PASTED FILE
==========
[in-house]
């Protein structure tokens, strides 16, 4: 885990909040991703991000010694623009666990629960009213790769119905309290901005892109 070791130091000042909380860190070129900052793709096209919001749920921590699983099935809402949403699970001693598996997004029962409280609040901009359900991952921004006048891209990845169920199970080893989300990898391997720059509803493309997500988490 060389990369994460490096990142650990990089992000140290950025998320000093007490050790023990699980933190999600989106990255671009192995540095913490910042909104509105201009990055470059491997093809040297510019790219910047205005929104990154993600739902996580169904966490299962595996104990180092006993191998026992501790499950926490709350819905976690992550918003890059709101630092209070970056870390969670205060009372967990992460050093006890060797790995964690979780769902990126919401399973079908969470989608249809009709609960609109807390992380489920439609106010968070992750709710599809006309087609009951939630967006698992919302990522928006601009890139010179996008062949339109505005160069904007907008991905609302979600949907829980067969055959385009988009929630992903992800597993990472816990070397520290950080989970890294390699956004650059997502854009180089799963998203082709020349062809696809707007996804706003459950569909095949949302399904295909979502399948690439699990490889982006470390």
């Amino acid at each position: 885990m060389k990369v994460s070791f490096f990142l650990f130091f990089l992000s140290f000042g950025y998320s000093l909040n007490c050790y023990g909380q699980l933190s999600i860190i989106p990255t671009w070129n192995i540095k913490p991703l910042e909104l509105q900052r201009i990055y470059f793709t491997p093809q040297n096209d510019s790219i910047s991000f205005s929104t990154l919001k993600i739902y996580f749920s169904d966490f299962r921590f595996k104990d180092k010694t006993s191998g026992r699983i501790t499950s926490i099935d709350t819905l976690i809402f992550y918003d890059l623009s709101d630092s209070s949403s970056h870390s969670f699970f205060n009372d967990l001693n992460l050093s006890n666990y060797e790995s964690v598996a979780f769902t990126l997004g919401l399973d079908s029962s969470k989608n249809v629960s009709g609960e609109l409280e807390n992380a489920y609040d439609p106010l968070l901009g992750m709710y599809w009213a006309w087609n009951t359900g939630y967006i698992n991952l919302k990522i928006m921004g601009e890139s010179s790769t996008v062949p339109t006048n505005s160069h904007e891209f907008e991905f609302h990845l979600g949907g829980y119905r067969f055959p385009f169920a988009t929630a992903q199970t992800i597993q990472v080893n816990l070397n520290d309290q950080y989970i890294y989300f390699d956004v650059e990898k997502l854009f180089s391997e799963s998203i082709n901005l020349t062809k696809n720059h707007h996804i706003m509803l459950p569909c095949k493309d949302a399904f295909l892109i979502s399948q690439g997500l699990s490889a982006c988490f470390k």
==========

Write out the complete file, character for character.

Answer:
[in-house]
């Protein structure tokens, strides 16, 4: 885990909040991703991000010694623009666990629960009213790769119905309290901005892109 070791130091000042909380860190070129900052793709096209919001749920921590699983099935809402949403699970001693598996997004029962409280609040901009359900991952921004006048891209990845169920199970080893989300990898391997720059509803493309997500988490 060389990369994460490096990142650990990089992000140290950025998320000093007490050790023990699980933190999600989106990255671009192995540095913490910042909104509105201009990055470059491997093809040297510019790219910047205005929104990154993600739902996580169904966490299962595996104990180092006993191998026992501790499950926490709350819905976690992550918003890059709101630092209070970056870390969670205060009372967990992460050093006890060797790995964690979780769902990126919401399973079908969470989608249809009709609960609109807390992380489920439609106010968070992750709710599809006309087609009951939630967006698992919302990522928006601009890139010179996008062949339109505005160069904007907008991905609302979600949907829980067969055959385009988009929630992903992800597993990472816990070397520290950080989970890294390699956004650059997502854009180089799963998203082709020349062809696809707007996804706003459950569909095949949302399904295909979502399948690439699990490889982006470390």
């Amino acid at each position: 885990m060389k990369v994460s070791f490096f990142l650990f130091f990089l992000s140290f000042g950025y998320s000093l909040n007490c050790y023990g909380q699980l933190s999600i860190i989106p990255t671009w070129n192995i540095k913490p991703l910042e909104l509105q900052r201009i990055y470059f793709t491997p093809q040297n096209d510019s790219i910047s991000f205005s929104t990154l919001k993600i739902y996580f749920s169904d966490f299962r921590f595996k104990d180092k010694t006993s191998g026992r699983i501790t499950s926490i099935d709350t819905l976690i809402f992550y918003d890059l623009s709101d630092s209070s949403s970056h870390s969670f699970f205060n009372d967990l001693n992460l050093s006890n666990y060797e790995s964690v598996a979780f769902t990126l997004g919401l399973d079908s029962s969470k989608n249809v629960s009709g609960e609109l409280e807390n992380a489920y609040d439609p106010l968070l901009g992750m709710y599809w009213a006309w087609n009951t359900g939630y967006i698992n991952l919302k990522i928006m921004g601009e890139s010179s790769t996008v062949p339109t006048n505005s160069h904007e891209f907008e991905f609302h990845l979600g949907g829980y119905r067969f055959p385009f169920a988009t929630a992903q199970t992800i597993q990472v080893n816990l070397n520290d309290q950080y989970i890294y989300f390699d956004v650059e990898k997502l854009f180089s391997e799963s998203i082709n901005l020349t062809k696809n720059h707007h996804i706003m509803l459950p569909c095949k493309d949302a399904f295909l892109i979502s399948q690439g997500l699990s490889a982006c988490f470390k």